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Suppose we have $N=pq$, with $p$ and $q$ are unknown odd primes. We can encode factorization problem in the system of polynomial equations. For instance, $p= 1+ \sum_{k=1}^n 2^k x_k$, $q= 1+ \sum_{k=1}^n 2^k y_k$, where $n = \lfloor \log_2 N \rfloor $ is one less the number of bits required to represent $N$, and $x_k, y_k$ are binary indeterminants. By abuse of notation, we can write the following system of equations (here $x, y \in \mathbb{C}^n$)

$\left\{ \begin{array}{lll} f_k= &x_k^2-x_k & =0 \\ g_k= &y_k^2-y_k &=0 \\ h= &\left( 1+ \sum_{k=1}^n 2^k x_k \right) \left( 1+ \sum_{k=1}^n 2^k y_k \right) -N & = 0 \end{array} \right.$

Finding the solution of this system using Groebner basis is computationally expensive (using standard algorithms). On the other hand, this system has only two solutions for semiprimes - $x$ encoding $p$, $y$ encoding $q$, and vice verse. Therefore, the Groebner basis will consist of $n-1$ linear equations encoding line passing through $p$ and $q$, and one quadratic equation selecting $p$ and $q$ along this line (in constrast to NP-complete problems, where many quadratic equations possible for the same problem with different input).

Q1. Does the knowledge of the form of Groebner basis helps to compute it?

Using ideas from Nullstellensatz linear algebra algorithm we can try to express Goebner basis using a linear combination of our equations with polynomial coefficients. For example linear part should be expressed as $c+ \sum_k a_k x_k +b_k y_k = P_1 h+ \sum_k P_{2,k} f_k + P_{3,k} g_k $ with $P_{...} \in \mathbb{C}[x_1,..., x_n, y_1, ..., y_n] $, Here the coefficients are treated as indeterminates. The nullspace of the solution in terms of coefficients of polynomials $P$ will lead to the solution of system of equations. My little experiments show that terms with monomial $x_1 ... x_n y_1...y_n$ are required on the right part of expression to obtain the solution (which is consistent with the Nullstellensatz certificate degree for the same system if it has no solution see DeLoera et al. paper Corollary 2.5).

In solving for $P$ we can start with all possible polynomials $P$ that lead to the monomial $x_1...x_n y_1...y_n$ with coefficients being indeterminates and find linear subspace of coefficients that eliminate it. Then, repeat this with (fixing monomial ordering) leading term in resulted polynomial on the right side. The naive application of this algorithm will lead to exponentially many monomials, on the other hand, the number of terms in encoding the solution line is at most quadratic with n.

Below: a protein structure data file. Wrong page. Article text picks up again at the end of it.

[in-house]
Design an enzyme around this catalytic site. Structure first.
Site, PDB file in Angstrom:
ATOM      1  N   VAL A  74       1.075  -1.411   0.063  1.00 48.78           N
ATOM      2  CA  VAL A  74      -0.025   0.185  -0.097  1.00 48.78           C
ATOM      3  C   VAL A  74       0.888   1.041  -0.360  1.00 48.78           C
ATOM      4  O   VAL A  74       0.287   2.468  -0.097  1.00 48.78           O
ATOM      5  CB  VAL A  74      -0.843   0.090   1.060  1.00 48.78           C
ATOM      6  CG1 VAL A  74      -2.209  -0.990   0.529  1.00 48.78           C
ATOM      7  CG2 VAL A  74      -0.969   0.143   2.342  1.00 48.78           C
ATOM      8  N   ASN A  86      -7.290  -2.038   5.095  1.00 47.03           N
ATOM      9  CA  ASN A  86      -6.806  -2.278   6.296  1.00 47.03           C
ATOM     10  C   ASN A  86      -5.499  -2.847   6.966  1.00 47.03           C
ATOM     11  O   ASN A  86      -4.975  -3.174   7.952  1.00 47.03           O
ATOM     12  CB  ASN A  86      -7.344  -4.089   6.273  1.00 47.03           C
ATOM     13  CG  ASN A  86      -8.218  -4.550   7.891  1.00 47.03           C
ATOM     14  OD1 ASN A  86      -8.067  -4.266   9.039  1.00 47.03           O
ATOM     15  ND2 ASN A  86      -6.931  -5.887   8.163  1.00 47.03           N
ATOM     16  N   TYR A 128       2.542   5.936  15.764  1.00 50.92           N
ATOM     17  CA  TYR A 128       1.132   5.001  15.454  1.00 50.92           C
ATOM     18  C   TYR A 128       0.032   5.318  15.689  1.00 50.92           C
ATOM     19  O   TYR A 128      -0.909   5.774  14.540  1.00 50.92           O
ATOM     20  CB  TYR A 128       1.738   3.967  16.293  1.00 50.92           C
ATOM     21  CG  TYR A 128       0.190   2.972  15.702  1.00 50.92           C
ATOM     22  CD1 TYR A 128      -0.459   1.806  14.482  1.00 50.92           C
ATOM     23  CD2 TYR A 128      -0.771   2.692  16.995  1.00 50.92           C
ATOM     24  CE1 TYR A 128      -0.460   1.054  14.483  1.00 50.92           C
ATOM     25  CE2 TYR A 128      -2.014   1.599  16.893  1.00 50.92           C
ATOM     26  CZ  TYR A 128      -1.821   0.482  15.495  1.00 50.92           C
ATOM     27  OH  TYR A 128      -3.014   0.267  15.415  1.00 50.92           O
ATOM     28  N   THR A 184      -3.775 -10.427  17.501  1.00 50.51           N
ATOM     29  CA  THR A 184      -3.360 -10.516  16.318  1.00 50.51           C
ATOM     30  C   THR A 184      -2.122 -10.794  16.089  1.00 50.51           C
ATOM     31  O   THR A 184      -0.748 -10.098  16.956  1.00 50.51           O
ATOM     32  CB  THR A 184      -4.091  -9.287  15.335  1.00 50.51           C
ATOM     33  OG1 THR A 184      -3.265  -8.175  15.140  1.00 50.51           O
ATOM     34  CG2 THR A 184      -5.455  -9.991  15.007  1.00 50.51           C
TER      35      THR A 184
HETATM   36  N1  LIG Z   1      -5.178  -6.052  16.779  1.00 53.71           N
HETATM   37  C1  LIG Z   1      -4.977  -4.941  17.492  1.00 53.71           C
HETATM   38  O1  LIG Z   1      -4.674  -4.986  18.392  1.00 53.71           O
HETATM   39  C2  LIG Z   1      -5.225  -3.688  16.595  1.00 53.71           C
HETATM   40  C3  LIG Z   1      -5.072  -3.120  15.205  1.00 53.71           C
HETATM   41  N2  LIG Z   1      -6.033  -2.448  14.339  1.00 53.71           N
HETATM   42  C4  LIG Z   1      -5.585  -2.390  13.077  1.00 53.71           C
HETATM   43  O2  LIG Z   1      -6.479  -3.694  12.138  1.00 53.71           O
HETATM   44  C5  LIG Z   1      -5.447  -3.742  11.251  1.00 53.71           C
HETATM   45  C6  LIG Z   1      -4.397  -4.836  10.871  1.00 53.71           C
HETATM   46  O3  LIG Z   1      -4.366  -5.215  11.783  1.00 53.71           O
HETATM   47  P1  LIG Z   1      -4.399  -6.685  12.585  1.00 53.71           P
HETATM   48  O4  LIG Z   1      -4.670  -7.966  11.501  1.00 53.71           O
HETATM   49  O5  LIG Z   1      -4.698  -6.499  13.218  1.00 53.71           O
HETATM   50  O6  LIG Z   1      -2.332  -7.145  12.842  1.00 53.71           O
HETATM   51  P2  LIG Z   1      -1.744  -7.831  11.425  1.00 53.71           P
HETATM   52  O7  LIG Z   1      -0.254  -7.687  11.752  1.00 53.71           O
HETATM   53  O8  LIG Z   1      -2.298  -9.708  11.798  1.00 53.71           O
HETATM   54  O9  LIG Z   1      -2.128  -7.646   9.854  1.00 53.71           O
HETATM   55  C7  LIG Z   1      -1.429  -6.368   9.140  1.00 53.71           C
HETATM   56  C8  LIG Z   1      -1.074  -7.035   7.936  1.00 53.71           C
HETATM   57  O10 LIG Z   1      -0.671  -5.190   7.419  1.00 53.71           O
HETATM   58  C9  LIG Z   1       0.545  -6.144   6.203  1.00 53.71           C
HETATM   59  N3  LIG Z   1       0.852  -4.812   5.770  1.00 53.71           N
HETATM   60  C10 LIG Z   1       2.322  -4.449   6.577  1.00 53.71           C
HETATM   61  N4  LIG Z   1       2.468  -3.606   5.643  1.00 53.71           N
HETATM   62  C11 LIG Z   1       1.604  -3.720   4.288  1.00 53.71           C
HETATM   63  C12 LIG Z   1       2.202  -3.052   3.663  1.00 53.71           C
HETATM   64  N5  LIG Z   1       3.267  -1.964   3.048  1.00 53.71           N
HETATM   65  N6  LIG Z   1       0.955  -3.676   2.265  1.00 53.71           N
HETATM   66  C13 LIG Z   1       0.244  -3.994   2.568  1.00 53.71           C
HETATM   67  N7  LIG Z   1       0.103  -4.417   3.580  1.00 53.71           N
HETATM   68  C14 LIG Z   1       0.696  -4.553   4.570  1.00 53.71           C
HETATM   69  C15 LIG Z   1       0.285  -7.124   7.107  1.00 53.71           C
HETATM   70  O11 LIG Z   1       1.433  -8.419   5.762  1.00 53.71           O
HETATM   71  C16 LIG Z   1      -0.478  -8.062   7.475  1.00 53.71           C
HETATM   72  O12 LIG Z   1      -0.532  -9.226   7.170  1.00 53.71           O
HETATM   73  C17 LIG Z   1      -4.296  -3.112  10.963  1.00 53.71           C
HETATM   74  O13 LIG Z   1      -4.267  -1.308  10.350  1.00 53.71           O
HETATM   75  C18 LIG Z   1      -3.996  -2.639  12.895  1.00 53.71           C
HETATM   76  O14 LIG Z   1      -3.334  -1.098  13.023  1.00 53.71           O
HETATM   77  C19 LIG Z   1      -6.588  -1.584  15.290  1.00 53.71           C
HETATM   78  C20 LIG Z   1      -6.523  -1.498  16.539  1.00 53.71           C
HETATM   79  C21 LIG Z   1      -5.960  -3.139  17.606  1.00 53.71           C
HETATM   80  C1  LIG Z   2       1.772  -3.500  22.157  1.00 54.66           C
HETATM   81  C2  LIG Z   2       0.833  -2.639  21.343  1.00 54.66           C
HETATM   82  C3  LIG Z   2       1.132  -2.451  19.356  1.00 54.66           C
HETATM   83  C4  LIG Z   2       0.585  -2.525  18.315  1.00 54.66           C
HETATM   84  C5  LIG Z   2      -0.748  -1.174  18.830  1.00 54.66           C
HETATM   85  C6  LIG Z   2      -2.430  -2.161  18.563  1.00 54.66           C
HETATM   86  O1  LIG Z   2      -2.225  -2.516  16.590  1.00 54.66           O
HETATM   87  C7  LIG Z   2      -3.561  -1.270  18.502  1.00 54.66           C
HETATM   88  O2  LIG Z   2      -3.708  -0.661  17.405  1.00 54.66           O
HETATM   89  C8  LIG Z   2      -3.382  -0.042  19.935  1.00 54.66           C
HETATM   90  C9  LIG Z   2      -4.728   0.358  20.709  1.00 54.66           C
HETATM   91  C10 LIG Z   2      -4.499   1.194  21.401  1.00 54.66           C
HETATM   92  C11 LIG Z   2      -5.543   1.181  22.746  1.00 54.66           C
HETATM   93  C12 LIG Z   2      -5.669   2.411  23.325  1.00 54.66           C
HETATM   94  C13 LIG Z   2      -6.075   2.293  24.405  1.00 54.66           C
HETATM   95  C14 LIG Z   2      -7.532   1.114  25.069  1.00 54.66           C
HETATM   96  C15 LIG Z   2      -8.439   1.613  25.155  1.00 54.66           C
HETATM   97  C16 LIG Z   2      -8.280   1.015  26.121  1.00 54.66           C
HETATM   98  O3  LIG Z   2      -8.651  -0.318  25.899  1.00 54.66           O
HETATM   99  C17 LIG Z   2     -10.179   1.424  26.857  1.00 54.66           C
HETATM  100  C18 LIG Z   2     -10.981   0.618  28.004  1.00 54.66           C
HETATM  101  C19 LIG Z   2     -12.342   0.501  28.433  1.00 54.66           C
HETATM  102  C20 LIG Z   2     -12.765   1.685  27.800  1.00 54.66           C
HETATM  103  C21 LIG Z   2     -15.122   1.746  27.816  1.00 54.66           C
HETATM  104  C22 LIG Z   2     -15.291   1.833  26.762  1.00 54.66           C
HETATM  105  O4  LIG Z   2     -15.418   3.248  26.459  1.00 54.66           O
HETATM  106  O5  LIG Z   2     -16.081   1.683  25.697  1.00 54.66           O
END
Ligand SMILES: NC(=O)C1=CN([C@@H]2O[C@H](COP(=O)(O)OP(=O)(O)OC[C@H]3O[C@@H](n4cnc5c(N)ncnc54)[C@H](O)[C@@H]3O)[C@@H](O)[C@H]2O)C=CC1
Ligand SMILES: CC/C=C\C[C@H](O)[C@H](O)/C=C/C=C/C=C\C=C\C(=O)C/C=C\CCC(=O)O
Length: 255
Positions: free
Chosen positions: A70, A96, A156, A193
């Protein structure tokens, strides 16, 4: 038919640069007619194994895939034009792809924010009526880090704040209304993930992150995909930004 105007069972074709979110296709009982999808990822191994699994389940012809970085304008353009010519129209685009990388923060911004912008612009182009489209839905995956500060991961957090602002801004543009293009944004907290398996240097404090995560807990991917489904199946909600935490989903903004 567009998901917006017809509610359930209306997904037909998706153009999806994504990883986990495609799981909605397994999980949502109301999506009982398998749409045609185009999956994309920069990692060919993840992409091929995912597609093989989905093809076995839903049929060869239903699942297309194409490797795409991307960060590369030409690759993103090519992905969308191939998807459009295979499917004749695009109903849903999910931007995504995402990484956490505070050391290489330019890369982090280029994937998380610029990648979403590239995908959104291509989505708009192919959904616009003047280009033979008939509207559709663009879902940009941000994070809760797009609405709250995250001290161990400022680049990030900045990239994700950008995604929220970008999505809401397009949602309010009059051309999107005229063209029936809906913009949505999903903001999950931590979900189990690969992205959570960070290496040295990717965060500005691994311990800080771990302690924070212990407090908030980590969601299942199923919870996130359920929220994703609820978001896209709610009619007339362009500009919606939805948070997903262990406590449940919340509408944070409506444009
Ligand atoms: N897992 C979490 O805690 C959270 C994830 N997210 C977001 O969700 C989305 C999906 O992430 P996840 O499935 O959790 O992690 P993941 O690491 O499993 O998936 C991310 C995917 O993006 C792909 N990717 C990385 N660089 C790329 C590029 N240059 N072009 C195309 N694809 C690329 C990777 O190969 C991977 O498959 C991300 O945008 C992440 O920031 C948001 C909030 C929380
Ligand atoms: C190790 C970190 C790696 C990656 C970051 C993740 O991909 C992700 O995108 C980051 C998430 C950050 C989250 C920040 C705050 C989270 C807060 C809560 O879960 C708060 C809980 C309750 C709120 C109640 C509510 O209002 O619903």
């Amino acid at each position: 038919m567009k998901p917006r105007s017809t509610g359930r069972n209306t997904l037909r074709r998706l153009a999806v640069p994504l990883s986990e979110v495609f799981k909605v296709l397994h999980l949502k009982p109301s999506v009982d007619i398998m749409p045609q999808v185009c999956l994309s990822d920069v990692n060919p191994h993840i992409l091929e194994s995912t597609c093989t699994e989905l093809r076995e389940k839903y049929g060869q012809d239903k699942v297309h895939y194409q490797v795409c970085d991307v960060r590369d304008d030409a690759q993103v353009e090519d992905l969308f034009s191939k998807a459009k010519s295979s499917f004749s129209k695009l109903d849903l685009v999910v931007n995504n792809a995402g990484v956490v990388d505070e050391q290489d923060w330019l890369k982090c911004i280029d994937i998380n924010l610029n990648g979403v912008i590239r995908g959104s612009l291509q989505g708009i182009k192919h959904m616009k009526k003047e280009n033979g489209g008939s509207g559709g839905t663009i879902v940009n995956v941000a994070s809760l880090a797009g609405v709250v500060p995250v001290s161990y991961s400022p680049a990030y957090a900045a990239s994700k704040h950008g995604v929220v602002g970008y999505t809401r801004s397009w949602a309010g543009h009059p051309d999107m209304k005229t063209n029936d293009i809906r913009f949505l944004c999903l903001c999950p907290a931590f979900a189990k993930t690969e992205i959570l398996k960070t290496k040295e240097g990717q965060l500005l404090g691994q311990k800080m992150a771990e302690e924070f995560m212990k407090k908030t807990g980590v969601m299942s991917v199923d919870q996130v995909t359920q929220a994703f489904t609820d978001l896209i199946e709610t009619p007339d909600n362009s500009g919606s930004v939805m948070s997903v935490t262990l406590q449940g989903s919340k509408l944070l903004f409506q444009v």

Q2. Are there are any references that deal with optimization of monomial elimination in computing Nullstellensatz certificate?

Nullstellensatz certificate for the system of polynomials $f_k=0$ that does not have common solution in algebraically closed field $K$ is a set of polynomials $P_k \in K[...]$ that lead to expression $1= \sum_k P_k f_k $.

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You want to check the lower-bounds for Nullstellensatz proof system and lower-bound results on statements based on factoring in proof systems like Frege. (A proof system is like a non-deterministic algorithm, so a lower-bound for a proof system would rule out existence of deterministic algorithms based on that proof system.) –  Kaveh Oct 25 '12 at 13:03
    
@Kaveh Thanks, Kaveh. This is whole new world for me. Do you know good introductory texts on proof systems? –  mkatkov Oct 26 '12 at 5:04
    
I think Nathan Segerlind's survey can be a good point to start. Also check the Wikipedia article on proof systems. –  Kaveh Oct 26 '12 at 5:12
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